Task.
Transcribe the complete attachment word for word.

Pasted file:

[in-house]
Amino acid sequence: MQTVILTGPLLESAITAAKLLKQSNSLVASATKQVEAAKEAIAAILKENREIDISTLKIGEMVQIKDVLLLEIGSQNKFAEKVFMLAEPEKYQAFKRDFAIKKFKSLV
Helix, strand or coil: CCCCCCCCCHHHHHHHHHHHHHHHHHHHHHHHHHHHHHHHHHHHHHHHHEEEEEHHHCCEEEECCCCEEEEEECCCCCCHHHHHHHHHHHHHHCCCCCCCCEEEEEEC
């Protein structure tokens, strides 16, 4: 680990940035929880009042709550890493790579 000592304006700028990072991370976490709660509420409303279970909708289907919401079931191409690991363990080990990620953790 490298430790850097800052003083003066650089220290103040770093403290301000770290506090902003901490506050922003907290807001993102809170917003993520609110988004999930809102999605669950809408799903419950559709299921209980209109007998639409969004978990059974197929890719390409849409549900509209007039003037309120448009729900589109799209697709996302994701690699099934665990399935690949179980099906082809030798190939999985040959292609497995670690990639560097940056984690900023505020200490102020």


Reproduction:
[in-house]
Amino acid sequence: MQTVILTGPLLESAITAAKLLKQSNSLVASATKQVEAAKEAIAAILKENREIDISTLKIGEMVQIKDVLLLEIGSQNKFAEKVFMLAEPEKYQAFKRDFAIKKFKSLV
Helix, strand or coil: CCCCCCCCCHHHHHHHHHHHHHHHHHHHHHHHHHHHHHHHHHHHHHHHHEEEEEHHHCCEEEECCCCEEEEEECCCCCCHHHHHHHHHHHHHHCCCCCCCCEEEEEEC
């Protein structure tokens, strides 16, 4: 680990940035929880009042709550890493790579 000592304006700028990072991370976490709660509420409303279970909708289907919401079931191409690991363990080990990620953790 490298430790850097800052003083003066650089220290103040770093403290301000770290506090902003901490506050922003907290807001993102809170917003993520609110988004999930809102999605669950809408799903419950559709299921209980209109007998639409969004978990059974197929890719390409849409549900509209007039003037309120448009729900589109799209697709996302994701690699099934665990399935690949179980099906082809030798190939999985040959292609497995670690990639560097940056984690900023505020200490102020």